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Phlox paniculata Opalescence

Luminary™ Series

Garden Phlox

$16.95 ea. (3+ discount) $16.50 ea.

Pre-order for Spring 2023

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Plant Code: PHOPA

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Soft pink flowers with neon pink eyes shimmer against the backdrop of dark green foliage. Stellar mildew resistance and its reblooming tendencies allow for fragrant bouquets of cut flowers with plenty remaining for beneficial pollinators to enjoy in your sunny garden. Phlox paniculata Opalescence will add a punch of color and heady fragrance to any summer border. When most plants are on their summer siesta; Garden Phlox, known as the backbone of the perennial border, provide a range of welcome color. A showstopper in the garden or your favorite vase.

Details

Type: Perennials
Height: Medium 30-32"
Spacing: Plant 24-28" apart
Bloom Time: Mid-Summer to Early Fall
Sun-Shade: Full Sun
Zones: 3-8   Find Your Zone
Soil Condition: Normal, Sandy, Clay
Flower: Pink
Patent: PP33,295
Pot Size: 3.5" square x 4" deep

Features to Note

  • Attracts Butterflies
  • Good for Cut Flowers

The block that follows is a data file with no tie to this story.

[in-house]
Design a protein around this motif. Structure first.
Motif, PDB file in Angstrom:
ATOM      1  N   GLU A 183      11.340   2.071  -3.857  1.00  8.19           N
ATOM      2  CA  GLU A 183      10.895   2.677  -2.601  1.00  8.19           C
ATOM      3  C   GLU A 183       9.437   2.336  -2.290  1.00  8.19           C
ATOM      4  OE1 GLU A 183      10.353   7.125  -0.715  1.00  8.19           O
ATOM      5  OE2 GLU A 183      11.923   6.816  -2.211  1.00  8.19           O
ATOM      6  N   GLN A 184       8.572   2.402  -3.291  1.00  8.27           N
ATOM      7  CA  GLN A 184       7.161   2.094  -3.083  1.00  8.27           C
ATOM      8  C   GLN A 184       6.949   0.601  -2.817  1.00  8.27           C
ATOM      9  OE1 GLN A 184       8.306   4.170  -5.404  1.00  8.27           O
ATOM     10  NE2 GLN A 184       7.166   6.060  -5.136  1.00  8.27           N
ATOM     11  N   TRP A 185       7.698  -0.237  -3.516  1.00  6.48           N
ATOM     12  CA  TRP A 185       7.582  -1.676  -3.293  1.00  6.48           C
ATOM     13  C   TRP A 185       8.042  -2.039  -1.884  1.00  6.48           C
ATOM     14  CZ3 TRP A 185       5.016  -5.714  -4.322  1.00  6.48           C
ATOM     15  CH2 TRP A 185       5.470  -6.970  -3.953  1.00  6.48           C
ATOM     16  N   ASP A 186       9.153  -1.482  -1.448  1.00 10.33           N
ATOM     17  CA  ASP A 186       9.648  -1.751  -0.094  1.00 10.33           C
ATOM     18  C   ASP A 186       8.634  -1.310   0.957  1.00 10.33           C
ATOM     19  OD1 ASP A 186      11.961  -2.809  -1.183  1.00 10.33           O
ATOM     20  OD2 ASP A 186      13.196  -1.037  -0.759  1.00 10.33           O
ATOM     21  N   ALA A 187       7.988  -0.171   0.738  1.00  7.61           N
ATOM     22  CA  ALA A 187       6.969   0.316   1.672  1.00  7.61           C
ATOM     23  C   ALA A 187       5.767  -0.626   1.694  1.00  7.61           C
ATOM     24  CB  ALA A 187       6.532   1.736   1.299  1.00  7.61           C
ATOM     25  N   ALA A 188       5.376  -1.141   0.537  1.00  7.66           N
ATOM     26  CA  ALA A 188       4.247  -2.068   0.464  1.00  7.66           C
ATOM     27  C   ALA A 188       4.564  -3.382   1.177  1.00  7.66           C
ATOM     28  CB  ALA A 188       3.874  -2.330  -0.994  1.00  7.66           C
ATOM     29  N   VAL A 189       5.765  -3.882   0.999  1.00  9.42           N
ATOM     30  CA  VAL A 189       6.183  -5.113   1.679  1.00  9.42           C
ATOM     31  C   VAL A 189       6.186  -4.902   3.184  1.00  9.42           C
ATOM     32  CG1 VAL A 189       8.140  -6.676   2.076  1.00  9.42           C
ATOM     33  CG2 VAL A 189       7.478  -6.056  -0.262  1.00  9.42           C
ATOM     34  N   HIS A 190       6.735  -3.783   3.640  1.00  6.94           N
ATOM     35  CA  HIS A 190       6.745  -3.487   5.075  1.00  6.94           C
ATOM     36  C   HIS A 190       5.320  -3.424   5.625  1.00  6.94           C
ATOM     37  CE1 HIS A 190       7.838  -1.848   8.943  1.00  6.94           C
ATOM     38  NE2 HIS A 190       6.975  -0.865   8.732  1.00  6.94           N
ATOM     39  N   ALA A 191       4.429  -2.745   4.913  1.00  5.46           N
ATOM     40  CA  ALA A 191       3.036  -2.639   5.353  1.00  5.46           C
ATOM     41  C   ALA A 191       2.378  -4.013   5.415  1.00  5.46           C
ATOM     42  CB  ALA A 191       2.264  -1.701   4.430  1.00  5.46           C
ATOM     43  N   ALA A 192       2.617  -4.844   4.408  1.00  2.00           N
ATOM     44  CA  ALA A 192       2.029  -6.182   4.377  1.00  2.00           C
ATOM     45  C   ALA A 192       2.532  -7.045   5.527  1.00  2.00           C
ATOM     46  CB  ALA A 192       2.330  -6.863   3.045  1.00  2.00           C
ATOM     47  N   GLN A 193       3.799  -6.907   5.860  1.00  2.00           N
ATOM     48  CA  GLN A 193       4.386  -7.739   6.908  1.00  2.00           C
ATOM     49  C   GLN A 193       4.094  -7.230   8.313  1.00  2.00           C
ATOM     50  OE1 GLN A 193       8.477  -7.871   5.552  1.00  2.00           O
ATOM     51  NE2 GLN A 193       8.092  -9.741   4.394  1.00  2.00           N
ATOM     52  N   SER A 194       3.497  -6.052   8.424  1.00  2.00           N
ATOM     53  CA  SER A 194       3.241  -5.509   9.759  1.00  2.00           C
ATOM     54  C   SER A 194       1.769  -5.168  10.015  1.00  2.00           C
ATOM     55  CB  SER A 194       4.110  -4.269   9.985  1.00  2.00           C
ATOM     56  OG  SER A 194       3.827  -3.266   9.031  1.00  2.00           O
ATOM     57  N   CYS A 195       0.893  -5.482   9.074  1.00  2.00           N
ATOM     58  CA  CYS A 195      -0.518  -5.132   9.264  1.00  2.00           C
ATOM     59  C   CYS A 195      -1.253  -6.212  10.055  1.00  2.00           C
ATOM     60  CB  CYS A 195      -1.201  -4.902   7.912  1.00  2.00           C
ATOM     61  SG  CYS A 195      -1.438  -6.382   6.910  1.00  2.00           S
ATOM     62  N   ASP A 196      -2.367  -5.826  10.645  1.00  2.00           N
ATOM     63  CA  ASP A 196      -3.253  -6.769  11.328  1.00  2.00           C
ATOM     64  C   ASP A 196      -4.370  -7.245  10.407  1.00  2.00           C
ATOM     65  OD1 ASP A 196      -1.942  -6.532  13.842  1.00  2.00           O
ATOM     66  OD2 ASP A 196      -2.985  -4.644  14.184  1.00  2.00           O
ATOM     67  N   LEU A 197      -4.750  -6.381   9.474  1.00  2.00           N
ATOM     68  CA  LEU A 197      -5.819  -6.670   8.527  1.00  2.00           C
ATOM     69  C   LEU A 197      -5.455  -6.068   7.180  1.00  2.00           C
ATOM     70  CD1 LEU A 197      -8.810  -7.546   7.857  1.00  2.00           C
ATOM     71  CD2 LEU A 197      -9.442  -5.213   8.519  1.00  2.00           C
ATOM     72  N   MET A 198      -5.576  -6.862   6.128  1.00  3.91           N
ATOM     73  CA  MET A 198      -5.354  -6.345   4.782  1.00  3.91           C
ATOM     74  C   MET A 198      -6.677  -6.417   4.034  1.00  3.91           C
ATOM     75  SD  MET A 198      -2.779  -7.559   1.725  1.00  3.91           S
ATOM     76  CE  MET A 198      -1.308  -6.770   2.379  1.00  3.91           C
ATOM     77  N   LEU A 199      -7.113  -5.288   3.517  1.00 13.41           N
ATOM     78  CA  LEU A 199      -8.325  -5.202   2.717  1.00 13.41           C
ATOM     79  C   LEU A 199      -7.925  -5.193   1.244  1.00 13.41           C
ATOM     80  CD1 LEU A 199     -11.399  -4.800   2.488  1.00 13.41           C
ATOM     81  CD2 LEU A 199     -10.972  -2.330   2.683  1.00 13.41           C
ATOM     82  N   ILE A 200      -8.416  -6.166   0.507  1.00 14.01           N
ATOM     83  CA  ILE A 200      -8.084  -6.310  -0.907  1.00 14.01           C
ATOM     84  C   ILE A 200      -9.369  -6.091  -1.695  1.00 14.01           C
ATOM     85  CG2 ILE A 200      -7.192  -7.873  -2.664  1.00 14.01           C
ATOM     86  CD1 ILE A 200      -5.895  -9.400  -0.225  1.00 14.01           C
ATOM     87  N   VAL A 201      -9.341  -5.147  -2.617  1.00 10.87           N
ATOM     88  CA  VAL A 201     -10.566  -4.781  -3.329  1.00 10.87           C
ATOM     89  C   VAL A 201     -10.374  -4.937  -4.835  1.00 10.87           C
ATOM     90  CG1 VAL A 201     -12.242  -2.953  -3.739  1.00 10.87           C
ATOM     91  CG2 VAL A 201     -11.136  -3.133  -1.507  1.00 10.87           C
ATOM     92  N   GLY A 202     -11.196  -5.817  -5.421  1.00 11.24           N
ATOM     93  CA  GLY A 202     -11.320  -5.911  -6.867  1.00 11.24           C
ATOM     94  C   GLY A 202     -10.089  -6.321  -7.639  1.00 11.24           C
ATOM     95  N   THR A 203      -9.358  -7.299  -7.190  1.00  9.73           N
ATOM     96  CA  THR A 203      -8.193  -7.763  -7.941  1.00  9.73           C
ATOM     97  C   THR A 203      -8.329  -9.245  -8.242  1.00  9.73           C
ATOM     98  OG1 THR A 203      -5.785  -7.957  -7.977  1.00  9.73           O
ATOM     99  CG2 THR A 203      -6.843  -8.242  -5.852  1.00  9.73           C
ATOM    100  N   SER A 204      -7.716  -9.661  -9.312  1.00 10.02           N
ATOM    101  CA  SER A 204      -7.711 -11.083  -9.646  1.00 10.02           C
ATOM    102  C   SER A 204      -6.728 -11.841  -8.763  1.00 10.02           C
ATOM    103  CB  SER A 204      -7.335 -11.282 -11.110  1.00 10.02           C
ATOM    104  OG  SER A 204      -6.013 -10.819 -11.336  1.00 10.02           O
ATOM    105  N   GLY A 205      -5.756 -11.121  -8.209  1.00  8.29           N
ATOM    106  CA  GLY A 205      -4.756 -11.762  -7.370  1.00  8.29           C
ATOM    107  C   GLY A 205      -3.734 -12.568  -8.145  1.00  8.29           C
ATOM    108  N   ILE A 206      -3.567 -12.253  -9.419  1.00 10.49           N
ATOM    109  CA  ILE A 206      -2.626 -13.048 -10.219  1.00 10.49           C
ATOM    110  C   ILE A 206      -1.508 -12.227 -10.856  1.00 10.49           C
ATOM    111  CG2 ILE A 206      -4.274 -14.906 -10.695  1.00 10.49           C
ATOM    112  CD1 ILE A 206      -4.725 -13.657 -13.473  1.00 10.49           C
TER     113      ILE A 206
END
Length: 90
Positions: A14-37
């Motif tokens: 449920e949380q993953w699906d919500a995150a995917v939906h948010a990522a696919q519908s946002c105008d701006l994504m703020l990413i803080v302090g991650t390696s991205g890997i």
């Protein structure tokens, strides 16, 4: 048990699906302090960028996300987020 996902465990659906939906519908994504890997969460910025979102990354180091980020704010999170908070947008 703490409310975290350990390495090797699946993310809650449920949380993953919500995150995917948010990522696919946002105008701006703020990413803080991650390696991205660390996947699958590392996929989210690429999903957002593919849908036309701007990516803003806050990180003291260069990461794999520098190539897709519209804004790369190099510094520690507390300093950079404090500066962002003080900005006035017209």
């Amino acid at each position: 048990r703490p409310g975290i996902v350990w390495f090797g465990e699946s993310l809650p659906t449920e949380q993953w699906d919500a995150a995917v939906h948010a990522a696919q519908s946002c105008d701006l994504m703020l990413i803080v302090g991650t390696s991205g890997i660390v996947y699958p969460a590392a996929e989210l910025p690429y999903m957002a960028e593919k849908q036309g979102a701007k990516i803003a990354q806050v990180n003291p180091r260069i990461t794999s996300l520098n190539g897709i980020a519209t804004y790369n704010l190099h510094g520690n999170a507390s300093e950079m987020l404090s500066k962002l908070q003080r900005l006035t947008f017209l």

• Fragrant
  • Attracts Hummingbirds
  • Long-Blooming

Phlox General Information

Phlox paniculata provide unsurpassed flowering in summer, clear crisp colors and fragrant flowers in profusion. Good cut flower, a choice selection for the colder zones. We specifically carry disease-resistant Phlox varieties. Idaho has restricted all potted plant material from being shipped into Idaho at this time.

Phlox Plant Care

Prefers moist, humus-rich soil. Phlox can be divided every 3-5 years in spring or fall. In spring, just as new growth appears, dig up the plant and divide clump with a sharp knife or spade into at least 2 or 3 shoots and a portion of the root system. Plants divided in fall should be mulched with a 4-6” layer of straw or pine needles to prevent heaving. Remove mulch in early spring. Cut back by 1/2 in late spring/early summer to encourage more compact plants. Shear off spent blooms just above foliage. To help avoid the possibility of mildew; provide plants with good air circulation (in spring, snip out all but 4-6 stems in a mature clump), avoid drought-like conditions, site plants where they will get sufficient light of six hours or more each day. Should a spray program become necessary, products exist on the market for prevention and control. Removing mature blooms will prevent seeding, if not desired. Clean up spent foliage in spring.